20160626 - Dani 0013One of the most important aspects of a scarification is how it is treated afterwards. This page lays out the methods I recommend for aftercare and are heavily influenced by information kindly shared by Lukas Zpira.

Most advances in wound care have focussed on two things, infection control and scar reduction, so with scarification we follow the first and largely do the opposite of the other.

BME put together a great page on precisely that and I’d strongly recommend anyone interested in scarification read it.

Aftercare process

The process I suggest to others is below, it is essentially the same one that Lukas relayed to me in January.

For the first 4 days after the cutting is done keep a wet dressing on 24/7, only remove it to shower and if possible only shower once a day. Make sure the cutting is cleaned thoroughly and if possible use an antibacterial soap such a Detol.

For the next 8 days have the wet dressing on for 12hrs and a gauze dressing on for the next 12hrs. I recommend using the wet dressing at night and the gauss dressing during the day to prevent the cut from being rubbed by clothing while allowing it to breath. After the evening shower, use a little sugar to help rub the crust of the cut. Also every second day rub a little lemon juice on after the crust has been removed, this will help to activate the scar development process.

After the two weeks are up, the cut can be left open as a scab should have lightly formed, a gauze dressing may help to prevent rubbing if required.

Initial healing usually takes about a month, with the scar continuing to develop over the following two months. Overall a two to three month process.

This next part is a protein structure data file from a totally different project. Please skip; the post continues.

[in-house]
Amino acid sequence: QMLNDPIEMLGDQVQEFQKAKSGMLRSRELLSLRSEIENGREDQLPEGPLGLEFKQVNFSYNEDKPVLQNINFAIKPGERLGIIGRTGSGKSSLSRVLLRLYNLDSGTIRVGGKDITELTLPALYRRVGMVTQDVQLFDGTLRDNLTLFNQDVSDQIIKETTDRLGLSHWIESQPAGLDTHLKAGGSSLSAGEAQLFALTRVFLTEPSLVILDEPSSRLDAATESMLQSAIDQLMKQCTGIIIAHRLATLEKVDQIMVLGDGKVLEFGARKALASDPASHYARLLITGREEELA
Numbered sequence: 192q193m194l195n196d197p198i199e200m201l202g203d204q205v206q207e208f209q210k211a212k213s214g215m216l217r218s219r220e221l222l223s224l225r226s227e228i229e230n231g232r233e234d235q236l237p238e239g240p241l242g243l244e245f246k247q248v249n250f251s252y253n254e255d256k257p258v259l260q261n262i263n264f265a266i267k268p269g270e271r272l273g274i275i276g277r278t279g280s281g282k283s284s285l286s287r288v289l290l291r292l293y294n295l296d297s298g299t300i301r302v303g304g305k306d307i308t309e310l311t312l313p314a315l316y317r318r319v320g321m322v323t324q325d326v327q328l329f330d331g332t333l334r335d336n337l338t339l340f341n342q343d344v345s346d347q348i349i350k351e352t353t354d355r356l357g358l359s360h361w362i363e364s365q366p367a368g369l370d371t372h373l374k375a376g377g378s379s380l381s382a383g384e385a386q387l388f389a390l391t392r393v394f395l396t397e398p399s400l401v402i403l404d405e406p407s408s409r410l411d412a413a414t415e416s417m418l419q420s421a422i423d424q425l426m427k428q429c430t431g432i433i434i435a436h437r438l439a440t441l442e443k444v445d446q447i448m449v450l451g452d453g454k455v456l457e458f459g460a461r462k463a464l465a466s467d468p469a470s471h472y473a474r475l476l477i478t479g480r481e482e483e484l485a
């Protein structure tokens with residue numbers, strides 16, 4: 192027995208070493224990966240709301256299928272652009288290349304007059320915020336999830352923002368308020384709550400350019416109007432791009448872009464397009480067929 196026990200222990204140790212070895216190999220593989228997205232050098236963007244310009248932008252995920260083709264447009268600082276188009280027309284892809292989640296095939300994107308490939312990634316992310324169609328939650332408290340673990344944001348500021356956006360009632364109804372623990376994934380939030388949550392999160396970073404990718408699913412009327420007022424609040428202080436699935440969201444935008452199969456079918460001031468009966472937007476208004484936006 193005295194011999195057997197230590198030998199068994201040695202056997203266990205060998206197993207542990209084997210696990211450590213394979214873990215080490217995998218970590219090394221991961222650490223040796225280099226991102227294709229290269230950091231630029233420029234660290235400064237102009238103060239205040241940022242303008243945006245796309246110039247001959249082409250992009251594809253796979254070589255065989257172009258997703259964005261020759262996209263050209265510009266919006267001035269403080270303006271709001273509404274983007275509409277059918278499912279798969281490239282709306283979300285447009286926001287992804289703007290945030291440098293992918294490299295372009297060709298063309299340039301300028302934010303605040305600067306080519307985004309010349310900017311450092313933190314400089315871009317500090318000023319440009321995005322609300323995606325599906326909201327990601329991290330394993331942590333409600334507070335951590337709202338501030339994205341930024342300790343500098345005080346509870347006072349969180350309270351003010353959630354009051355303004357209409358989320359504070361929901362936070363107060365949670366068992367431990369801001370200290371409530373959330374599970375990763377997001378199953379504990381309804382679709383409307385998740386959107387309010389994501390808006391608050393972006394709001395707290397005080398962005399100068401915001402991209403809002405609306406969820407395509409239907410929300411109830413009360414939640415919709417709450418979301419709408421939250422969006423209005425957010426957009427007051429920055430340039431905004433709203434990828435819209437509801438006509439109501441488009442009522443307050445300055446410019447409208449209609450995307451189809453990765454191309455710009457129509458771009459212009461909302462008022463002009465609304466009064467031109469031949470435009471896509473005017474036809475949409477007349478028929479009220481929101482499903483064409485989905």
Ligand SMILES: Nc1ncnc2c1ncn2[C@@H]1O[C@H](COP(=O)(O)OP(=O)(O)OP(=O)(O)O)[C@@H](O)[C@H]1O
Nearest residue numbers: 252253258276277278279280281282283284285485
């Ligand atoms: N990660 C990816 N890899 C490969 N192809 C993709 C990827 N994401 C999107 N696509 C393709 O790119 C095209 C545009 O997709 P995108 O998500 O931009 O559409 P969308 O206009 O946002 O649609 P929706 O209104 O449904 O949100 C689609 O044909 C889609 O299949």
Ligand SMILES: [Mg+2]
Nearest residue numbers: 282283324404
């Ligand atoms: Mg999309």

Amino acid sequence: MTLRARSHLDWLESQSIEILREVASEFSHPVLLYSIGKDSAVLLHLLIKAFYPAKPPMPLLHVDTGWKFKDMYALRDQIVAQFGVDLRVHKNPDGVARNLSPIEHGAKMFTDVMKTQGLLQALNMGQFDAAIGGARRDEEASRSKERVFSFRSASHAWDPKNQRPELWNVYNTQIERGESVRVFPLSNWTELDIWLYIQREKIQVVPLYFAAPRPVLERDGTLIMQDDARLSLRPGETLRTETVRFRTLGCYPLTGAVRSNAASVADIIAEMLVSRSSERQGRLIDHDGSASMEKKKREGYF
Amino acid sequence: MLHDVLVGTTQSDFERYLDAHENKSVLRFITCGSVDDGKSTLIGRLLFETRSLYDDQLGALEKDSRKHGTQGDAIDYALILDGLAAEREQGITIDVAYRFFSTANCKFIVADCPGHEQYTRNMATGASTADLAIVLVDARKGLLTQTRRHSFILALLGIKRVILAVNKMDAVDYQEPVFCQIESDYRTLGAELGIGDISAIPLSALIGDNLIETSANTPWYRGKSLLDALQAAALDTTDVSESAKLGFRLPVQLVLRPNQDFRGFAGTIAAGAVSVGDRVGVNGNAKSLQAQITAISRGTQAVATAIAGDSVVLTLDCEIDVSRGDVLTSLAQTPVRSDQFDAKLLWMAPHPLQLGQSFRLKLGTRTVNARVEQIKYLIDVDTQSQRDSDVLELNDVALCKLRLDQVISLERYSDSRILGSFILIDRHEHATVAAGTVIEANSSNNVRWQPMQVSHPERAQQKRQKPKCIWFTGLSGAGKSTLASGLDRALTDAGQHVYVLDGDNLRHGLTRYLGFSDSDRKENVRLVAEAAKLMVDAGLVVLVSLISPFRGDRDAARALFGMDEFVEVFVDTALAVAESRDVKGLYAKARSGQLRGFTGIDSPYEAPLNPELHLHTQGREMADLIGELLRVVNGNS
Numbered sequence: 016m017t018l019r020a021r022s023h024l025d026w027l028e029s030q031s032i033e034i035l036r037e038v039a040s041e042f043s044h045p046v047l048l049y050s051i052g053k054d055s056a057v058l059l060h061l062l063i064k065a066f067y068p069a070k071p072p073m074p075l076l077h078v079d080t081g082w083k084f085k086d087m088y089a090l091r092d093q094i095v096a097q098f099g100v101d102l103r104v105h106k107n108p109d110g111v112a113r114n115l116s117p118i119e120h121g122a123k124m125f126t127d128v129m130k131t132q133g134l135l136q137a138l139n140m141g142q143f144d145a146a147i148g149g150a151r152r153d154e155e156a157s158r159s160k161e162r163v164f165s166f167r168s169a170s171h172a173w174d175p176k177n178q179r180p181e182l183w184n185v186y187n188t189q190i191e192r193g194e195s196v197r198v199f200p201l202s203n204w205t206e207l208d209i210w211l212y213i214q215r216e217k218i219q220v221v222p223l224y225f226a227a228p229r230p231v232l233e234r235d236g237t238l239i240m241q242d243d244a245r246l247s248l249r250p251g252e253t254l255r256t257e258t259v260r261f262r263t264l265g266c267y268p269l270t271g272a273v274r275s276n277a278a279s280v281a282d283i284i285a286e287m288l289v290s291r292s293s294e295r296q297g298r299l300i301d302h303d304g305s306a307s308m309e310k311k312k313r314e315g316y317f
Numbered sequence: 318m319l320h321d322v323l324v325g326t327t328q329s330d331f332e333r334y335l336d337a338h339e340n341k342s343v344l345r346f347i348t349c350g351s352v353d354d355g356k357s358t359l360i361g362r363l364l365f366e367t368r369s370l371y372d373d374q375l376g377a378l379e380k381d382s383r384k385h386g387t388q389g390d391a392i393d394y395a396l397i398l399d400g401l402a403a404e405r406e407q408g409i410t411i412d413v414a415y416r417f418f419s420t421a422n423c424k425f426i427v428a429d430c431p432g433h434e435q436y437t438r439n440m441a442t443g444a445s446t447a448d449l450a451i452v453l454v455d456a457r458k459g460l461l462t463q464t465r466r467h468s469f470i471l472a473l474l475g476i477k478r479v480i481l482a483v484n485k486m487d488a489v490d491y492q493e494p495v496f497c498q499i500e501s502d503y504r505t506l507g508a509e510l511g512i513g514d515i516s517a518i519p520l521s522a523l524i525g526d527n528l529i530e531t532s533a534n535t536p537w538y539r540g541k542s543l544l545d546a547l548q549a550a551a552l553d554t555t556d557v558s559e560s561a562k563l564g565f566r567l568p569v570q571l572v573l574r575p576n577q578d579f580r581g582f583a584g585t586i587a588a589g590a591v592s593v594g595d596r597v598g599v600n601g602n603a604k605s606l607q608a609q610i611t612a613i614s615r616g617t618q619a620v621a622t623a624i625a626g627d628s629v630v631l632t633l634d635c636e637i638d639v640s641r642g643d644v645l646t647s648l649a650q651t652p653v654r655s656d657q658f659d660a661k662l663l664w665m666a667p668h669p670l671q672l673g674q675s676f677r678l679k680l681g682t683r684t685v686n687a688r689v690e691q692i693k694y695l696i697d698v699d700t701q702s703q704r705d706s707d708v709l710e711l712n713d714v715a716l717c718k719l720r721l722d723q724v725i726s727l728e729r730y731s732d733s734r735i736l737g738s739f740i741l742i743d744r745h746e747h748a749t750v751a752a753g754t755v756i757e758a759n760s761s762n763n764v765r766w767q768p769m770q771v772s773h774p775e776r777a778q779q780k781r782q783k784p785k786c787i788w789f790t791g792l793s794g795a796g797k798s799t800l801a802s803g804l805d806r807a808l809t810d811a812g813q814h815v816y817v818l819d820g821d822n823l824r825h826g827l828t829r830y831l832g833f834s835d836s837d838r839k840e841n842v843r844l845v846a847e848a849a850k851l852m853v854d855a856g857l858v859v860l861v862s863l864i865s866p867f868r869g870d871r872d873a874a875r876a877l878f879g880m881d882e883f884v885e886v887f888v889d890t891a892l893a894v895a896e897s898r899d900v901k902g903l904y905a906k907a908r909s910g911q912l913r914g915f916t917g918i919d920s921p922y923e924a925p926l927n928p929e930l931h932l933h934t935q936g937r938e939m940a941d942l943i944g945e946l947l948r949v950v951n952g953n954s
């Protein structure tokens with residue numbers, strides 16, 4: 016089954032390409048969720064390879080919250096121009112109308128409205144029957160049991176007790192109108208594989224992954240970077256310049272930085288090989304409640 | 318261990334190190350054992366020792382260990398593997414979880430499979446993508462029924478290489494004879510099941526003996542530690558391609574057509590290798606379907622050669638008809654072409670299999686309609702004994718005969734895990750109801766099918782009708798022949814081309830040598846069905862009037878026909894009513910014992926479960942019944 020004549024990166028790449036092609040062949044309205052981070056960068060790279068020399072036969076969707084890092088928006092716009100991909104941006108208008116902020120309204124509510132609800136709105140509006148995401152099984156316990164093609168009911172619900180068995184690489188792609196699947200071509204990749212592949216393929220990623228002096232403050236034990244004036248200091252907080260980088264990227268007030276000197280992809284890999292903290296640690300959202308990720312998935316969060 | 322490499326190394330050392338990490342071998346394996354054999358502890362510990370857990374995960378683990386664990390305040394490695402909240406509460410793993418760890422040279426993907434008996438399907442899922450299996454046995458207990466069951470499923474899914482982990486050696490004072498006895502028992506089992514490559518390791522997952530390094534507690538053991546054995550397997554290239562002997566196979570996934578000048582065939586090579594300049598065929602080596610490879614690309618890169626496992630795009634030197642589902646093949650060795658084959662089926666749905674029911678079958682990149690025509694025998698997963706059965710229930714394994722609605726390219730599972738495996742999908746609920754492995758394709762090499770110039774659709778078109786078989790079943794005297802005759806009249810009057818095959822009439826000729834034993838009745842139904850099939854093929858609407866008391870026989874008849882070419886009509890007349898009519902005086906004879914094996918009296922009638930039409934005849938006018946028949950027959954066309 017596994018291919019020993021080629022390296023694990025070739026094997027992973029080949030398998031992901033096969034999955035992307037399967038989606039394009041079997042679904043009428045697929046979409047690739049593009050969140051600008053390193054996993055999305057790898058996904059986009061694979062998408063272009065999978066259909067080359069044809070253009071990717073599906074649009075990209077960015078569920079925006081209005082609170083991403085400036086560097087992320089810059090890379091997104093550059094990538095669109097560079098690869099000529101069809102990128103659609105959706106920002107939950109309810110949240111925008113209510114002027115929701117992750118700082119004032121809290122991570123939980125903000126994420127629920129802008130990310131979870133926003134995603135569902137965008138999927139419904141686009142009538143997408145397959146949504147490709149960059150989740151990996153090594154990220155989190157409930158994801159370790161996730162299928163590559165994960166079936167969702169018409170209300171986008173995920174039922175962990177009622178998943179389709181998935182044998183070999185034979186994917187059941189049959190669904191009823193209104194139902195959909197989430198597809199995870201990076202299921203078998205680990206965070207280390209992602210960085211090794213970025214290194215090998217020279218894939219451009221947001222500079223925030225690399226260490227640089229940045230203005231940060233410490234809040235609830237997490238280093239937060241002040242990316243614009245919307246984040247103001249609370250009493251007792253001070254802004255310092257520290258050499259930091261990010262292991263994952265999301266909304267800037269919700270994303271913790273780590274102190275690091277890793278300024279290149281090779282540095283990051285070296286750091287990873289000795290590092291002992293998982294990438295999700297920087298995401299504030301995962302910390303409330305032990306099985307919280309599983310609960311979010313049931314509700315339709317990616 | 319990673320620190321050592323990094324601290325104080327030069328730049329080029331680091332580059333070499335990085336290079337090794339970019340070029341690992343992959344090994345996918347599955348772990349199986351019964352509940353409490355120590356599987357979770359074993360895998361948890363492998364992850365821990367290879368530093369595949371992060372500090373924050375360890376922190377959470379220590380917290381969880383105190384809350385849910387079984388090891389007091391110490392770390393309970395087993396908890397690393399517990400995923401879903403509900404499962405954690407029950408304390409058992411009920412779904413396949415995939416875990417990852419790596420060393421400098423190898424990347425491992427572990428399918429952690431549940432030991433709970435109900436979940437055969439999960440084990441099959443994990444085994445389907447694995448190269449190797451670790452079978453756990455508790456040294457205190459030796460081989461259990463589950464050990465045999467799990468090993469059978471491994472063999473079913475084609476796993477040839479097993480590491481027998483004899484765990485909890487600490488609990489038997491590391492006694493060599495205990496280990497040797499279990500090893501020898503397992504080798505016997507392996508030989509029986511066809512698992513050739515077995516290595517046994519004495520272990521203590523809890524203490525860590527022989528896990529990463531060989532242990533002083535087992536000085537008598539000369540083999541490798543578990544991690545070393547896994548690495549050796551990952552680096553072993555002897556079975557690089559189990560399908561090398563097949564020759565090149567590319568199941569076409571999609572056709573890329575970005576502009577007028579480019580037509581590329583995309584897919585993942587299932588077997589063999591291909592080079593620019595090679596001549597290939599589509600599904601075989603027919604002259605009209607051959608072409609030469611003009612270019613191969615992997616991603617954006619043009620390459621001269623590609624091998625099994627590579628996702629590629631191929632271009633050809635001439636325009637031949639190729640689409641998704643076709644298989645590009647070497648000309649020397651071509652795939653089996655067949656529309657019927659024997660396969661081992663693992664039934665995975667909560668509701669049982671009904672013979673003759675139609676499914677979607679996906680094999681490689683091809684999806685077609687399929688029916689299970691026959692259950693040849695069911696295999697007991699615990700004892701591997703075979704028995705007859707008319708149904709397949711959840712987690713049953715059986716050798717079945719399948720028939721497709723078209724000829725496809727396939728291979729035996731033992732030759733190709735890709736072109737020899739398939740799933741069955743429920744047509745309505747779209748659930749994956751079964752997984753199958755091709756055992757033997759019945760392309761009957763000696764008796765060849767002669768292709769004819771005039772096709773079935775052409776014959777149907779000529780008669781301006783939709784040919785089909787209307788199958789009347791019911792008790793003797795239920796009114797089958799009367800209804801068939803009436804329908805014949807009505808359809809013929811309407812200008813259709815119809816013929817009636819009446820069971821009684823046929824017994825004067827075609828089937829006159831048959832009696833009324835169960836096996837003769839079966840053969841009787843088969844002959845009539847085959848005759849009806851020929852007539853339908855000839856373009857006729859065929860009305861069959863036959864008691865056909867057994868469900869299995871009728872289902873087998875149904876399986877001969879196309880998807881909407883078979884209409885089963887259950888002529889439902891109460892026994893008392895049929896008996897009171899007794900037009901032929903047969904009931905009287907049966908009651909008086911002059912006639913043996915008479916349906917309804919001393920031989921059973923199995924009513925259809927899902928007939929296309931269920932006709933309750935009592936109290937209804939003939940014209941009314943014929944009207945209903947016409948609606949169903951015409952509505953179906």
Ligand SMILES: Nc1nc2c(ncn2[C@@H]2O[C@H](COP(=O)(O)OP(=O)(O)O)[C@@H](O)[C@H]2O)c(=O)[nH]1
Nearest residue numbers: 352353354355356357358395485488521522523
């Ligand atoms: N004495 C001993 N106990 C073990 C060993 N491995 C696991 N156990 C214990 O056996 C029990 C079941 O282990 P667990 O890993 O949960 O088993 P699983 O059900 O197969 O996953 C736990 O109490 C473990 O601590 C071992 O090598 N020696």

Things to be careful of

Elastic or tight cloths eg waistband of jeans etc, can apply pressure to the scar and make lines uneven. Were the pressure is applied the lines will be thinner or even disappear.

Rubbing or pulling at the scar can open it up and make for irregular lines as well, keeping either a wet or gauze dressing on at all times for the first two weeks will help to prevent this.

Infection and this is really the big one. As the wound heals there will be redness directly around the lines and it will be warm from the increased blood flow to the wound. That is all normal. If however the redness becomes more general it may be a sign of infection, at that point go to a doctor immediately for antibiotics.

A worse possibility is a staph infection, not common but very serious if it does occur. You can find detailed information on symptoms here. If you suspect you have staph, so straight to a doctor or emergency ward.


The basic wet dressing often used is either food wrap taped over the area with medical tape, or the same with a little petroleum jelly coating the wound first, this provides protection from the air and allows the wound to heal using a wet healing process. While this is functional, it can be messy and a bit unreliable as the movement of the body will often pill at the tape.

My preferred option are commercial wet dressings, the ones I have used are Tegaderm and Opsite Flexigrid, both of which act like a flexible second skin and move with the body while providing protection from abrasion and the air. My preference is Opsite Flexigrid as it comes in rolls of either 10cmx1m or 10cmx10m and can be cut to the appropriate size as required, also two sections can be used together to create a larger dressing.